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Structure and function of the lungs.

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Structure and Function of the Lungs Mat Simpkins (500words approx.) The main function of the lungs is (rapid) gaseous exchange. This is accomplished by a well-co-ordinated interaction of the lungs with the central nervous system, the diaphragm and chest wall muscle, and the circulatory system. The gas exchange surface of a mammal is the alveolus. There are numerous alveoli (air sacs) supplied with gases via a system of tubes (trachea, splitting into two bronchi (one for each lung) and numerous bronchioles, overall connected to the outside by the mouth and nose. These alveoli provide a massive surface area through which gases can diffuse. ...read more.


Smooth muscle tone: Controls the diameter of the conducting passages and controls resistance to the passage of air within the respiratory system. Creating pressure differences for breathing. (contraction and relaxation) There is no smooth muscle present in the alveoli, due to the fact that this would take up space, therefore minimising the rate of gaseous exchange. (the elastic fibres within the alveoli tend to do the contracting and relaxing.) Goblet cells is a form of defence, attacking the germs/bacteria, before they enter the alveoli. They are only found in the bronchus and the trachea lining, secreting mucus, to prevent germs/bacteria which would lead to infection. ...read more.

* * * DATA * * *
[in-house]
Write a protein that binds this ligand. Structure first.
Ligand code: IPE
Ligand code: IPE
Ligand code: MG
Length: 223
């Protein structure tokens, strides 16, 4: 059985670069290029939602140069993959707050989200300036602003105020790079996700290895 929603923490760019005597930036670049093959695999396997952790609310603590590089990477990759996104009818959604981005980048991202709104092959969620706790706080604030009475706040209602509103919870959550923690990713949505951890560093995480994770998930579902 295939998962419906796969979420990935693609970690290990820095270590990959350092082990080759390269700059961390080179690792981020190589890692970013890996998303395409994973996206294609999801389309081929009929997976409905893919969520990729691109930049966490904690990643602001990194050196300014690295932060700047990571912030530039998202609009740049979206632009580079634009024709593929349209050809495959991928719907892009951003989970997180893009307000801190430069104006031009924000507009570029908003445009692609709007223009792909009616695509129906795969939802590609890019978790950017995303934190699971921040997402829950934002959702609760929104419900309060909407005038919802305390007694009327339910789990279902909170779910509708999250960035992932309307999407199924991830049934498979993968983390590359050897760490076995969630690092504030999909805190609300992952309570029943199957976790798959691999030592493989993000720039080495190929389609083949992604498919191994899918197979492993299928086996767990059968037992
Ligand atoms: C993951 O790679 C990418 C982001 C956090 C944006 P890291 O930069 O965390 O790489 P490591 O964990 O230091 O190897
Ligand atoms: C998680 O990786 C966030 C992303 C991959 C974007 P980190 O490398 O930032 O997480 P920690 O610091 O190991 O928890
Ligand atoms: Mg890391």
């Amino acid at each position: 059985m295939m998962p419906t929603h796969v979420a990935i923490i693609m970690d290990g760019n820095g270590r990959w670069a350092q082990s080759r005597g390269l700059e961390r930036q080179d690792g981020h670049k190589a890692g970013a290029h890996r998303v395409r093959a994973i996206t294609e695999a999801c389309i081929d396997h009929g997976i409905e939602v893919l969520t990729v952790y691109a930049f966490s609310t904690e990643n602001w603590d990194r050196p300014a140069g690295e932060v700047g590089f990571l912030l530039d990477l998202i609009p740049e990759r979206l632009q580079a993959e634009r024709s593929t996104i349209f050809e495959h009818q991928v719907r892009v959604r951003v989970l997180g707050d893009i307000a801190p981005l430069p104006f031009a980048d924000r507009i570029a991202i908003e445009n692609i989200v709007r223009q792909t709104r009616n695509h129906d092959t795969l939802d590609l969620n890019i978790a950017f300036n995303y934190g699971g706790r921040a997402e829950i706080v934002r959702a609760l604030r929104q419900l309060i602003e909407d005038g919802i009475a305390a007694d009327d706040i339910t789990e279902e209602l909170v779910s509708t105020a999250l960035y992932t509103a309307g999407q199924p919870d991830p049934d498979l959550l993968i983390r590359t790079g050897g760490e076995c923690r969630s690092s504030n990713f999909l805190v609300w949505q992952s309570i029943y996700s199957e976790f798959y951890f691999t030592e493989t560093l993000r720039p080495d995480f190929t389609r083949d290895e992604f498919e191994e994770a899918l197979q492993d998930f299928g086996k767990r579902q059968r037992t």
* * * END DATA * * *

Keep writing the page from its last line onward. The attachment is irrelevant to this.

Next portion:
This means that carbon dioxide is got out of the body as quickly as possible and more oxygen comes in. Other Components of Lung Structure, is the actual environment in which the lungs are situated. The blood supply is extensive, which means that oxygen is carried away to the cells as soon as it has diffused into the blood. The lung has a dual blood supply: pulmonary (venous blood) and systemic (arterial blood). The pulmonary circulation delivers deoxygenated blood from the right side of the heart and returns oxygenated blood to the left side of the heart. The pulmonary circulation consists of larger elastic and smaller muscular arteries, as it is handing less pressure. This environment is perfect for breathing. ...read more.

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